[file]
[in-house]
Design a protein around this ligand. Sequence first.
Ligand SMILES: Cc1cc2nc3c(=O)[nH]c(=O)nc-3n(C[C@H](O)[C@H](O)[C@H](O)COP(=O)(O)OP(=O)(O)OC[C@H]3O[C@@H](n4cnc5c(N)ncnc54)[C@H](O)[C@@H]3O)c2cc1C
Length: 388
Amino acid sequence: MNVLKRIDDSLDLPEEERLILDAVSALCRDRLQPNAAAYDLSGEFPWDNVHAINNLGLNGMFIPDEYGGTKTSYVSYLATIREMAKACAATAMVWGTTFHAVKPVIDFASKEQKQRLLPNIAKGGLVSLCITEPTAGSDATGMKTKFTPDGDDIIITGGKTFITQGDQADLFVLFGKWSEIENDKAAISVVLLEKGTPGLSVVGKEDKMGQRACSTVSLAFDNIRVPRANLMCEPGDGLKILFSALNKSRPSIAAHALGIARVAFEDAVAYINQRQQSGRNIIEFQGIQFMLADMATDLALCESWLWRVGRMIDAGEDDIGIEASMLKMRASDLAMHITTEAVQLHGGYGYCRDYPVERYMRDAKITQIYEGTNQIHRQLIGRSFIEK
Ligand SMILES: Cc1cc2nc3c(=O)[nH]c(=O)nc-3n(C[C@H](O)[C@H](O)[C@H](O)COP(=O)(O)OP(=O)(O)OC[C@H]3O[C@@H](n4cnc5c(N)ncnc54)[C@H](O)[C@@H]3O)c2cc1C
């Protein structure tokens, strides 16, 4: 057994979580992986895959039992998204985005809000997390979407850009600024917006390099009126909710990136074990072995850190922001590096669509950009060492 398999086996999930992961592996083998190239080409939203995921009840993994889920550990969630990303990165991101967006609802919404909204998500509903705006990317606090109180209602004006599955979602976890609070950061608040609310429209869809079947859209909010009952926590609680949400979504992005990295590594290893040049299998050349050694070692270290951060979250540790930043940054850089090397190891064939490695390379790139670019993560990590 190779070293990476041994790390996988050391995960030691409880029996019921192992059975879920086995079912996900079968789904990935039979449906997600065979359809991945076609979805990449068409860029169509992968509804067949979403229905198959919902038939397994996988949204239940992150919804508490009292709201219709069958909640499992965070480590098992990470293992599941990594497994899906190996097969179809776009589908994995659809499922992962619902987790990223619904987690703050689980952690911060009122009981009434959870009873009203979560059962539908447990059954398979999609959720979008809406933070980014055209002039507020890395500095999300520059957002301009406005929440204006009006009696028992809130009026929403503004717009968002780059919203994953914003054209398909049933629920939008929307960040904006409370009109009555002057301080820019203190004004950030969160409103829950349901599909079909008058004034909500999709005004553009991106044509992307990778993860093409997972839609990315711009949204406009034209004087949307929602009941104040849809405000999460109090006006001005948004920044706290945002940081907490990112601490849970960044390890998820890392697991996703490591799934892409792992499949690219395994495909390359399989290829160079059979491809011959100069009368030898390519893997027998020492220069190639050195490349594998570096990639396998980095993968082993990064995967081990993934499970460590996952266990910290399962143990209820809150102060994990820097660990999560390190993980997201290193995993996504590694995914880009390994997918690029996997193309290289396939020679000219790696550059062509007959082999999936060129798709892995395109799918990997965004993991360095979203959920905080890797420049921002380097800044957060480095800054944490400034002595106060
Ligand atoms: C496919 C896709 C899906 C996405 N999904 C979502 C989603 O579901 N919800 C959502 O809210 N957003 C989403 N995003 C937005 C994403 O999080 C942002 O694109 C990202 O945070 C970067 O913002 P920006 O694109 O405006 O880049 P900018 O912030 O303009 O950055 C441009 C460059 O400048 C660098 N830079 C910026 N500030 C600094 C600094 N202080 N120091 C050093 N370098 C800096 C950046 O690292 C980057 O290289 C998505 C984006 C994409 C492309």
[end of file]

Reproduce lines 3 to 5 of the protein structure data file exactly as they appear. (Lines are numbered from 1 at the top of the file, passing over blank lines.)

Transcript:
Ligand SMILES: Cc1cc2nc3c(=O)[nH]c(=O)nc-3n(C[C@H](O)[C@H](O)[C@H](O)COP(=O)(O)OP(=O)(O)OC[C@H]3O[C@@H](n4cnc5c(N)ncnc54)[C@H](O)[C@@H]3O)c2cc1C
Length: 388
Amino acid sequence: MNVLKRIDDSLDLPEEERLILDAVSALCRDRLQPNAAAYDLSGEFPWDNVHAINNLGLNGMFIPDEYGGTKTSYVSYLATIREMAKACAATAMVWGTTFHAVKPVIDFASKEQKQRLLPNIAKGGLVSLCITEPTAGSDATGMKTKFTPDGDDIIITGGKTFITQGDQADLFVLFGKWSEIENDKAAISVVLLEKGTPGLSVVGKEDKMGQRACSTVSLAFDNIRVPRANLMCEPGDGLKILFSALNKSRPSIAAHALGIARVAFEDAVAYINQRQQSGRNIIEFQGIQFMLADMATDLALCESWLWRVGRMIDAGEDDIGIEASMLKMRASDLAMHITTEAVQLHGGYGYCRDYPVERYMRDAKITQIYEGTNQIHRQLIGRSFIEK